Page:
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The Government is "intensifying" its plans for preparing for Brexit

It plans to hold an all-island forum in November.

THE GOVERNMENT HAS announced the date for the first meeting of the all-island civic dialogue on Brexit.

It’s part of its plans for dealing with the British exit from the European Union, which it detailed in a statement today.

In the statement, the government said it is intensifying its preparations for Brexit. The news comes  following the UK Prime Minister Theresa May’s announcement at the weekend that she would trigger Article 50 to start EU withdrawal before March 2017.

All-island meeting

The meeting will be hosted by Taoiseach Enda Kenny and the Minister for Foreign Affairs and Trade Charlie Flanagan on 2 November in Dublin.

Invitations will be extended to a broad range of civic society groups, trade unions, business groups and non-governmental organisations as well as representatives of the main political parties, both north and south.

TheJournal.ie understands that Kenny will invite Northern Ireland’s First Minister Arlene Foster to the all-Ireland Brexit forum despite her shooting down the idea in June.

Kenny first floated the idea of an all-island forum after Britain voted to leave the European Union that same month.

However, on a visit to Dublin, the DUP leader pointedly told the media that such a cross-border forum would not be happening.

But the Taoiseach pressed on with his plans and announced on the first day of the new Dáil term last week that the forum would be taking place.

The conference programme will assess the implications of Brexit across the main areas of concern for Ireland, including:

  • The economy and trade
  • The Peace Process
  • The common travel area and the border
  • The future of the EU

“The format would be highly interactive with each area being initially framed in terms of the key challenges, after which a discussion will take place to tease out the issue further,” said the government statement.


The Cabinet also discussed today the preparations for the negotiations that will have to take place.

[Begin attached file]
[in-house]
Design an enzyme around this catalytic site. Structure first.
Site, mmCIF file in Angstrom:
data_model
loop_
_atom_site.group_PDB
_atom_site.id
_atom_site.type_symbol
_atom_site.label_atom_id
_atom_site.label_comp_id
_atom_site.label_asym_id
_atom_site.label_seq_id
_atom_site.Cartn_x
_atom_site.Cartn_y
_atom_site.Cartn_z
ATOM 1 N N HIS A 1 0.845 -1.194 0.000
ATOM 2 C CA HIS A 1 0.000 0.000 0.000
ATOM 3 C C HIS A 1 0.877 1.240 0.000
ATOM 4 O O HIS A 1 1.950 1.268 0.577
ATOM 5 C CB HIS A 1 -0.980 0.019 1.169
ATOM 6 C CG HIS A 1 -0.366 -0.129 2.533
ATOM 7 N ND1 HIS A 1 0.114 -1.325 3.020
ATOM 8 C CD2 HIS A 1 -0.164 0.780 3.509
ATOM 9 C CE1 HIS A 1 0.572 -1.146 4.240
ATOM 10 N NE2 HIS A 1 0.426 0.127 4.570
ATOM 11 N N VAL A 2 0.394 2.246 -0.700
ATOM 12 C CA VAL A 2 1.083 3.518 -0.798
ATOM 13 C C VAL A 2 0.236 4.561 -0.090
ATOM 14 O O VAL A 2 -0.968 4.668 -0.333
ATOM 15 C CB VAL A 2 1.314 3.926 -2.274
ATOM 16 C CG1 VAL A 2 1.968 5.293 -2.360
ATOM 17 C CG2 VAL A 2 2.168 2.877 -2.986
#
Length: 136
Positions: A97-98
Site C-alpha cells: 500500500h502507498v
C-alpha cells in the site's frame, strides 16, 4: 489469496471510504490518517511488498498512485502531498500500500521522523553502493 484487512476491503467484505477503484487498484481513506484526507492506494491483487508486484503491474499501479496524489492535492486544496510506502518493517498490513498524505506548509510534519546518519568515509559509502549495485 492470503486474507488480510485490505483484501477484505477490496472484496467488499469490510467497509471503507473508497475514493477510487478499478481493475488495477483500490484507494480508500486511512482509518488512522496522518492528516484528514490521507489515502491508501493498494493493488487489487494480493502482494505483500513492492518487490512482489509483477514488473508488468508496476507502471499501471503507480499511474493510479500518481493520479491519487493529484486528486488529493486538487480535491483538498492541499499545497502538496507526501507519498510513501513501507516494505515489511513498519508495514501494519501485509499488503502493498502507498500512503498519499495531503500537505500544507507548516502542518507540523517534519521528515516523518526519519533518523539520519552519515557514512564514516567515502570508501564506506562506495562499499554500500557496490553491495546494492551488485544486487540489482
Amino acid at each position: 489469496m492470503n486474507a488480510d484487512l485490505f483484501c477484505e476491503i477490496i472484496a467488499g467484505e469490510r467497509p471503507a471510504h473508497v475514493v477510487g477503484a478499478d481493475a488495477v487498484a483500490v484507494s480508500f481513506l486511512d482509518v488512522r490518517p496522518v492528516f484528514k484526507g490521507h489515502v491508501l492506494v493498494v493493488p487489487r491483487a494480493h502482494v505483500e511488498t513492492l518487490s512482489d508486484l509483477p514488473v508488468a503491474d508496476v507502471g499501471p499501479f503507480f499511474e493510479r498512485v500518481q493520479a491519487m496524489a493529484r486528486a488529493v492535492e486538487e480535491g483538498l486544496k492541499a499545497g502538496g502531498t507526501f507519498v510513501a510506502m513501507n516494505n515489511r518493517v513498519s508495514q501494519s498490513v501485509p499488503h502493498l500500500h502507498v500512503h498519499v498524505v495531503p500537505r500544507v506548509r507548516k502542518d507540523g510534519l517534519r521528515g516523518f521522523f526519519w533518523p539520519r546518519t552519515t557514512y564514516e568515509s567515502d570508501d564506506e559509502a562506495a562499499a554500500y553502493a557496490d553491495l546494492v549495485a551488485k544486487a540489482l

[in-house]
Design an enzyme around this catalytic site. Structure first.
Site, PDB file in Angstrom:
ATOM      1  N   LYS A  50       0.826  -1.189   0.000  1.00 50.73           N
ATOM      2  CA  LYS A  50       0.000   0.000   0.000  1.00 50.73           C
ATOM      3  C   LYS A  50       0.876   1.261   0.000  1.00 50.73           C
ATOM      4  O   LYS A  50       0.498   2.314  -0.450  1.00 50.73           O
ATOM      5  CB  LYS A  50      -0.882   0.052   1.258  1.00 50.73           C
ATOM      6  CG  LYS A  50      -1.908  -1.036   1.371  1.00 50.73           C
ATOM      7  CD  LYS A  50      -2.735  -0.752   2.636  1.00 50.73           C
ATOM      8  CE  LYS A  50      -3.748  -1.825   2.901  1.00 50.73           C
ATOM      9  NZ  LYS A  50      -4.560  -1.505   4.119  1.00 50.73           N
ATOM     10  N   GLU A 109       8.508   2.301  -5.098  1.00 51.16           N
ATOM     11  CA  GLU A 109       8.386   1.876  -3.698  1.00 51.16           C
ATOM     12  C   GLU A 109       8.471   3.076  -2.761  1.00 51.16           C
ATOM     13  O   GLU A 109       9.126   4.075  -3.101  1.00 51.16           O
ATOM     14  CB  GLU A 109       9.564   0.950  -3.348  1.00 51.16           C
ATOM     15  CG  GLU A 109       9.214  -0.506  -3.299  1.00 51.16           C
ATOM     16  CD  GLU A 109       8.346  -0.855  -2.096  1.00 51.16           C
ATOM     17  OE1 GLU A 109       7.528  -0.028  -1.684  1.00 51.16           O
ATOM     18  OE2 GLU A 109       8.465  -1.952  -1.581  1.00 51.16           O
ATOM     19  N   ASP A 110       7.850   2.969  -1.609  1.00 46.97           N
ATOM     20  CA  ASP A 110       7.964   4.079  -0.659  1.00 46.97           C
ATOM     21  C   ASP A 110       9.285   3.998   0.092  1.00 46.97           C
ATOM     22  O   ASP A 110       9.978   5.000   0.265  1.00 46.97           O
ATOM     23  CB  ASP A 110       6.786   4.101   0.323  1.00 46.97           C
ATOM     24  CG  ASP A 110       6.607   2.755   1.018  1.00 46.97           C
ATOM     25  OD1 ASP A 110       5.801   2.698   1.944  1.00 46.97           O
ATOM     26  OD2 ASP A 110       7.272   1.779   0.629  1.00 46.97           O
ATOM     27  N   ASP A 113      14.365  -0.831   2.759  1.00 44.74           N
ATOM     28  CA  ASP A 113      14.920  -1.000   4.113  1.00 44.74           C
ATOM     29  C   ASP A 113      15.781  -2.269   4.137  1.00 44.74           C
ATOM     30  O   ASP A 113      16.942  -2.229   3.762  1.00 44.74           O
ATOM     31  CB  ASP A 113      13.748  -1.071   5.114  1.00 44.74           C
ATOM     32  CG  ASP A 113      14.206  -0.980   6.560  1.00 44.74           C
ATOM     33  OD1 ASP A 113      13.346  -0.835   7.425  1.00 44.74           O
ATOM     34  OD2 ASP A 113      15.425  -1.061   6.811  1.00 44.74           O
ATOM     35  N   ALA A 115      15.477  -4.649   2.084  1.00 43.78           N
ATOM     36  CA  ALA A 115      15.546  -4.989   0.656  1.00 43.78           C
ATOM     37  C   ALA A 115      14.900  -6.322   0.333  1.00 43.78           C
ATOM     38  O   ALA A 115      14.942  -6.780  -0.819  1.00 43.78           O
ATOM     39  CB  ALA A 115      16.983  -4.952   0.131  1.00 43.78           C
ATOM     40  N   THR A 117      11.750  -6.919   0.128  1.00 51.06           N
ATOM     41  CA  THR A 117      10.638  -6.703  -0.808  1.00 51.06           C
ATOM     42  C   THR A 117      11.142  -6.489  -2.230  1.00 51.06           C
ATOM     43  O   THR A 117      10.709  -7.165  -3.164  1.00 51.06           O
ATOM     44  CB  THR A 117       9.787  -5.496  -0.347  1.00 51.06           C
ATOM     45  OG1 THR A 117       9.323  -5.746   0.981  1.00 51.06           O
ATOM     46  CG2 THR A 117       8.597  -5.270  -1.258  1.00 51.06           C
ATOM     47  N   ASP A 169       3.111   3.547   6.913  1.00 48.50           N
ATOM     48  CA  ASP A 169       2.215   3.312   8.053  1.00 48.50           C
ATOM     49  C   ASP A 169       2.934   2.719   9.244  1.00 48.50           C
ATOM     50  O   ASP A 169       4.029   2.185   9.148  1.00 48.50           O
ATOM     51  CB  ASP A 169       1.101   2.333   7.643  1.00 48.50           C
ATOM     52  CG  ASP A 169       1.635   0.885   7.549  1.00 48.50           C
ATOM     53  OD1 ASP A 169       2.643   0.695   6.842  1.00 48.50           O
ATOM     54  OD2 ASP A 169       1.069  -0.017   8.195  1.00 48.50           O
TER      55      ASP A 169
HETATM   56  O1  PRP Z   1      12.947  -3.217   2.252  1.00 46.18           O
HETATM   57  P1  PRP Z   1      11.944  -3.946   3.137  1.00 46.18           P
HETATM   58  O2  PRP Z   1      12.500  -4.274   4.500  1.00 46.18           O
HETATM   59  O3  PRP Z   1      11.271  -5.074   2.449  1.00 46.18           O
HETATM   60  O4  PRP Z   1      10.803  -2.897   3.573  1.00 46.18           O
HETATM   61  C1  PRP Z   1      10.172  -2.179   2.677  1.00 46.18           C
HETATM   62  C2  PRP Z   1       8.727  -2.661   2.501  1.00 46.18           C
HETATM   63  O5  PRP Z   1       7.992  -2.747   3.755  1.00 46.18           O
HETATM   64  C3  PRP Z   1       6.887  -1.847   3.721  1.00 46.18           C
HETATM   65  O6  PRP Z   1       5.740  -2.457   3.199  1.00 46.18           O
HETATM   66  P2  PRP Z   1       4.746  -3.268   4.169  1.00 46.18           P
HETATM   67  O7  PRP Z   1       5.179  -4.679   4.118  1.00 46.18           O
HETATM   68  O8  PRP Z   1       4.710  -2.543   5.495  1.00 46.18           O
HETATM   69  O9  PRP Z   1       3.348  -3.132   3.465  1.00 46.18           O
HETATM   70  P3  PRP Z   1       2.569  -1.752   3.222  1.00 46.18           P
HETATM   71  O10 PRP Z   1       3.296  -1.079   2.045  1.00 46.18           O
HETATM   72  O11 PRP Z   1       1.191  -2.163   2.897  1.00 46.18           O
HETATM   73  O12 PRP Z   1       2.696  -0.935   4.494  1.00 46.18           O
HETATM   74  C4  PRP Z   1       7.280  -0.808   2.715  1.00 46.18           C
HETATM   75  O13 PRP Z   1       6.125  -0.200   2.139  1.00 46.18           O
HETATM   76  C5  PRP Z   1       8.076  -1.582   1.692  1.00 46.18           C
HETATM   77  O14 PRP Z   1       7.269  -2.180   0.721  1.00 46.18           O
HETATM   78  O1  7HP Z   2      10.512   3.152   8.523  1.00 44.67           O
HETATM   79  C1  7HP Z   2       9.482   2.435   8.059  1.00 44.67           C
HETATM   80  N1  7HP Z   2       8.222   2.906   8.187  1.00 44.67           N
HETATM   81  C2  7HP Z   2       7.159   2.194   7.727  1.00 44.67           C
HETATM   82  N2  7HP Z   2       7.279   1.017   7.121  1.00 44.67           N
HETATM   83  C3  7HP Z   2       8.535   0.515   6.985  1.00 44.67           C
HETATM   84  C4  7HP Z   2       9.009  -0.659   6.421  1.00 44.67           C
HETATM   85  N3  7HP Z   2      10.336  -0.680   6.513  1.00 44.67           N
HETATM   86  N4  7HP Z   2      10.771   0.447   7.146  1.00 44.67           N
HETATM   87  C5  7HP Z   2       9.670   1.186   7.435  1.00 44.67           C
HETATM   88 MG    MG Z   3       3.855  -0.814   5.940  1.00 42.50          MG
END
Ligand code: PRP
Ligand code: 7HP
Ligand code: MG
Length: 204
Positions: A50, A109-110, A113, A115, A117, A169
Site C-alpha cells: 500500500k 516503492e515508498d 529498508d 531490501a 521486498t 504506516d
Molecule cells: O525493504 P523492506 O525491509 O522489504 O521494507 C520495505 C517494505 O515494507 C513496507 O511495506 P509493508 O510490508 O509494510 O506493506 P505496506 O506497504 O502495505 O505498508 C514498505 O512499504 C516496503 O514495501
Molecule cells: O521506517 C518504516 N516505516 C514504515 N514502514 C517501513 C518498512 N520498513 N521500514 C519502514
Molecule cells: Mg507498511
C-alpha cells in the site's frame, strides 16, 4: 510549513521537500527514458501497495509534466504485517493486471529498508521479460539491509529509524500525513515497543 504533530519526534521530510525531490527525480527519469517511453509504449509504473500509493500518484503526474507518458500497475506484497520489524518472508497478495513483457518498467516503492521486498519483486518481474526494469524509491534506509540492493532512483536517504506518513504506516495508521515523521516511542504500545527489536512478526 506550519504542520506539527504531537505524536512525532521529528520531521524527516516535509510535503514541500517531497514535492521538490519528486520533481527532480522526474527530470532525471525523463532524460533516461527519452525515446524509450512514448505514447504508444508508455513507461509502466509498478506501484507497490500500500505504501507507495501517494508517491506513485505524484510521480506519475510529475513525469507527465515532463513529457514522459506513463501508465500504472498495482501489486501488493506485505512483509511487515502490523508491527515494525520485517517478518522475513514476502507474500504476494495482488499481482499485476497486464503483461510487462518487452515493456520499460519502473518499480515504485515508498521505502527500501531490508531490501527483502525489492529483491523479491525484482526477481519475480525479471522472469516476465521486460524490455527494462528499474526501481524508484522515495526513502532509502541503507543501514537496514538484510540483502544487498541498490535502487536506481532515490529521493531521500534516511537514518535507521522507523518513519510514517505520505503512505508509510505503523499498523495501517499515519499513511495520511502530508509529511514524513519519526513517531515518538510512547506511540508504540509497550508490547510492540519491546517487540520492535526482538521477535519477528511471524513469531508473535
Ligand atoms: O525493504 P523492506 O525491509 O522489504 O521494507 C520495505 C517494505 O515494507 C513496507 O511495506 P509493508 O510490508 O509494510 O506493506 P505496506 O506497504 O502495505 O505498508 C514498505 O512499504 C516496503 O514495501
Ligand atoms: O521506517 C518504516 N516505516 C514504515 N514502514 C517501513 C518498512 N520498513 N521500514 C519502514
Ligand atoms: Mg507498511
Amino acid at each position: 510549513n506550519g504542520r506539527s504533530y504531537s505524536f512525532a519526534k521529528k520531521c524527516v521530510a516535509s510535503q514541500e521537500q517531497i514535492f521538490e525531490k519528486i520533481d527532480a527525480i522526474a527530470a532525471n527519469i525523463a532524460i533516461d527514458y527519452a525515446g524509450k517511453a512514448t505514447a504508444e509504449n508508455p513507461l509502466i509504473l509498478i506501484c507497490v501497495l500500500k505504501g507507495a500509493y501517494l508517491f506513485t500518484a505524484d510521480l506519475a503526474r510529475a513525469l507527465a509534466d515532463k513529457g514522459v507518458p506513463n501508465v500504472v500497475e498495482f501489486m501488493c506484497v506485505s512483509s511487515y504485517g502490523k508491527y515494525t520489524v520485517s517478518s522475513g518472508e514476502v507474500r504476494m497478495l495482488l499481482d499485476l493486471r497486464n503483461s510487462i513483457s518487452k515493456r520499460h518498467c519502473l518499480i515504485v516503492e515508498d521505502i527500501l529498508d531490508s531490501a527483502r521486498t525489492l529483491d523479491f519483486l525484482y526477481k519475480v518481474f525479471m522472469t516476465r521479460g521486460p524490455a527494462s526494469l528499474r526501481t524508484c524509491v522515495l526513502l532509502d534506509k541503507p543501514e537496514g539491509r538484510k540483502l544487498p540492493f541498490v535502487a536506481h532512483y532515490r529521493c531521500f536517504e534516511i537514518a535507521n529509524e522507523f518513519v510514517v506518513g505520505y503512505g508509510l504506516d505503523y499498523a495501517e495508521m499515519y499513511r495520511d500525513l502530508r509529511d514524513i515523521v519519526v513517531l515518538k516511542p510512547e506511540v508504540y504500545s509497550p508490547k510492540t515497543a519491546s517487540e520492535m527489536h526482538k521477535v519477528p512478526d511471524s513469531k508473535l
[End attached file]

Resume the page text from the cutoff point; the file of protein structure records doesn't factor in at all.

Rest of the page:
In the coming weeks, preparations will be ramped up, with closer political and official engagement with Northern Ireland, the British Government, and the EU Member States and institutions.

Following the government meeting today, the Taoiseach reaffirmed that Ireland’s priorities were the economy and trade, the peace process and Northern Ireland, the Common Travel Area and the future of the EU itself.

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“Now that we have clarity from Prime Minister May regarding the timetable, we will intensify our engagement and preparation for the negotiations. Ireland faces unique challenges from Brexit, not least given the all-island issues that arise,” he said.

Kenny said he will continue to engage with Northern Ireland party leaders on the range of issues involved.

He said the North South Ministerial Council (NSMC) Summit in Armagh in November will  be “hugely significant” in completing a Brexit audit of North/South programmes. How to best protect the peace process and North-South interests in the upcoming negotiations will also be on the agenda.


Other than the all-island dialogue, the government said next week’s Budget will include measures that will support the overall economic response to Brexit.

Despite criticisms from opposition parties that the government was ill-prepared for a Brexit result, the government said there has been a “contingency plan” in place for over a year.

The government maintains it has been proactive in highighting Ireland’s Brexit concerns “at the highest political level in Europe” through the Taoiseach’s participation in European Council and EU 27 meetings, as well as separate bilateral meetings with Chancellor Merkel, President Hollande, Prime Minister May, and the President of the European Council, Donald Tusk.

In the statement today, it said it had been working closely with the Northern Executive through the North South Ministerial Council to optimise North/South planning for Brexit.

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